This Is Not What I Signed Up For!
Help Me Help Others
“This is not what I signed up for!” “I thought my team would be a true community, but why do I feel so alone?” “I’ve invested three years here and have yet to see any fruit.” “My team leader expects so much; I can never measure up.” “I thought we had a good marriage, but since moving here we’ve been fighting nonstop.” “I came halfway around the world to serve God; why does He seem so far away?”
GRC care providers hear statements like these on many occasions. Often, these feelings of doubt are coupled with loneliness and isolation.
Fences Make Great Neighbors. Maybe Even Teammates.
How many times have you tried to help someone work through personal problems and found them getting “stuck” at some point along the way? One area where this often happens is in the process of forgiveness and healing from past hurts. Many of us, despite our best intentions, have had times when true forgiveness just seemed out of reach. Sometimes forgiveness feels too much like letting the other person off the hook. Or we try to forgive and move on, but something happens and the old hurt and anger flare up as strongly as ever.
In his book Help Me Help Others: Practical Ways to Build Healthy Relationships, Dr. Larry Wagner offers tools to help people identify and overcome relational challenges.
“My new teammate is really struggling. She needs someone to talk to. I’m trying to love her well, to be there for her … but this is getting so draining!”
“I’m a husband, a dad, a church planter and team leader. I enjoy all these roles, but it feels like someone constantly needs something from me, and there just aren’t enough hours in the day. People tell me to prioritize and let some things go, but it’s all important. How can I say no to any of it?”
The whole idea of setting boundaries and saying no can feel selfish. Sometimes it can feel downright impossible…
Was This a Mistake?
What does it take to reach the finish line—to fulfill your calling with joy? Track with me a minute here. We can learn something from marathon runners about going the distance while serving cross-culturally.
…English researchers found that men and women were able to run for 1 hour and 43 minutes at a moderate intensity when supplied with water compared to only 1 hour and 17 minutes when denied water.
What If You Allowed Yourself to Just Breathe?
“Should I be here? Was this a mistake?” Since middle school, Kelly dreamed of serving overseas. After a year of service on a university outreach team, she began wrestling more and more with doubts. The culture where she serves values directness, and a lot of “direct” comments about her abilities have stirred up her insecurities. Everyone comments on how my teammates picked up the language more quickly. They have more skills to bring to the table. Am I even doing enough? Am I enough?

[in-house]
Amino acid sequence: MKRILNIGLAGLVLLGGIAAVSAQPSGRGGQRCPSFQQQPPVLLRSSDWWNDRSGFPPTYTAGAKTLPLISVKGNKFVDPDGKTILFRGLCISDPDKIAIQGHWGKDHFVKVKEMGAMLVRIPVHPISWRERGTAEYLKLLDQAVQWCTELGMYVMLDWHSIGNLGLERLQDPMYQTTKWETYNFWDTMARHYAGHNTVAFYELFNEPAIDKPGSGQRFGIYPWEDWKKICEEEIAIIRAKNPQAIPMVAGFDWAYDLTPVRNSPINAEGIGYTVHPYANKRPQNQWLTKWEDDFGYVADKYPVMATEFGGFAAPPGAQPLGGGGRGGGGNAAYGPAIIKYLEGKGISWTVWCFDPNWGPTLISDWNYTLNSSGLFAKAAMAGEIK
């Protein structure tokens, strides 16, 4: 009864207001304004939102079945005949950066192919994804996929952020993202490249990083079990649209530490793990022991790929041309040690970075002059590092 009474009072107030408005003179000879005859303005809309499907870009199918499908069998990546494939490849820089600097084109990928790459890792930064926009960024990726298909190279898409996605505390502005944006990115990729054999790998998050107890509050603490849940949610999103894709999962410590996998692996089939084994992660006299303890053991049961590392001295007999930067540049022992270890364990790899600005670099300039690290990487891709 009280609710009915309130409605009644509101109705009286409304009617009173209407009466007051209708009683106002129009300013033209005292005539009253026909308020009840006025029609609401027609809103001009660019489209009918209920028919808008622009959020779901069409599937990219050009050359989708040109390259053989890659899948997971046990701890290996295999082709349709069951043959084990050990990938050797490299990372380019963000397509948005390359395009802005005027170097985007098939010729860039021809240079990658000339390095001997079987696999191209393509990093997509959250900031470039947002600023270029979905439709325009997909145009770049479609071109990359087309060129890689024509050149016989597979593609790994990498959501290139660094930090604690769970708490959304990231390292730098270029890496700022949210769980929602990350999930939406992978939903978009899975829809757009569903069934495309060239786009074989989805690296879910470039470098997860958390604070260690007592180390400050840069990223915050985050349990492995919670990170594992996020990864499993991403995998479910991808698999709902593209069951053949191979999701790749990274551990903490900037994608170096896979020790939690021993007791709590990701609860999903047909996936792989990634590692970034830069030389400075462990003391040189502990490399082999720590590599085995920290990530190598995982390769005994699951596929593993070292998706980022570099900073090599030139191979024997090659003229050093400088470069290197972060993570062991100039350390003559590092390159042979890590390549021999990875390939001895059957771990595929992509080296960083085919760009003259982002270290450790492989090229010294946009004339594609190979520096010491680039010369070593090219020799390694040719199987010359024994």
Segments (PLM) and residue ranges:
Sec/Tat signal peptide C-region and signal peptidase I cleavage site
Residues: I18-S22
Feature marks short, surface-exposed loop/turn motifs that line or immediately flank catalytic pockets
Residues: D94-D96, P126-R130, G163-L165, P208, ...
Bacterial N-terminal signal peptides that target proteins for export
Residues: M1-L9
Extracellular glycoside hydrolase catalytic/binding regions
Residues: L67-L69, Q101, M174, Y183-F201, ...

Anxiety starts to play a more prominent role in Kelly’s life. It gets harder to sleep at night. Others’ laughter at a language blunder triggers waves of panic. She starts to get sick to her stomach any time she is asked to lead a small group or initiate a conversation with a national.
One of These Is Not Like the Others.
"Why don't you slow down and take a breather?" Susan asked as Dave walked in the door, his sweat-soaked shirt sticking to his body.
"I can't really afford to sit down right now.” As Dave shut the door behind him, the hot desert air seemed to recede as the atmosphere of the house returned to a comfortable temperature. “I just came from Abdullah's house to help patch his roof and now I have to prepare for the men's Bible study tonight and finish my sermon for tomorrow.”
"I just feel like you’re driving yourself into the ground," said Susan. "You look exhausted!"
Insight Into a "Typical Trip."
The president of an Eastern European country; a village in the mountains of Peru; university students in China; a people group along the Mediterranean Sea; a people group in Northern India; and those with medical needs in Kenya. What do these all have in common?
New Members of the Kingdom.
GRC regularly sends teams of care providers to a distant country regularly to provide care to the large number of global workers living there. This country is particularly strategic because of the concentration of global workers and the large number of unreached people groups concentrated there. GRC is committed to these recurring trips to assure a continuity of care to these clients and to see that every worker has access to care. While each trip finds our team encountering “typical” stress issues, each trip also carries its own unique challenges and problems. We hope the following post from one of our long-time care providers will give you more insight into a “typical trip” and the challenges faced by global workers around the world.
Have You Ever Been Cursed?
In April, 2017, the Kingdom population was increased by two. This couple lives in a country that we can’t name and for the safety and anonymity of all parties, names will be fictitious although the people are real. The couple had a friend that was a housekeeper for Mr. and Mrs. George, global workers living in their city. They heard their friend talk about how the Georges were different than other people she had worked for. So they began to observe the Georges and notice the same thing.
I am sure you can imagine that spiritual warfare looks different in animistic tribal villages around the world than it does in the U.S. In America, when someone “curses you” it usually means that they yell profanity at you. In tribal villages, when someone “curses you,” it takes on a much more literal meaning, especially when the person doing the cursing is a witch doctor.
Global Worker families are not immune to this spiritual warfare. On the contrary, at times they are targeted for their very presence in these villages,…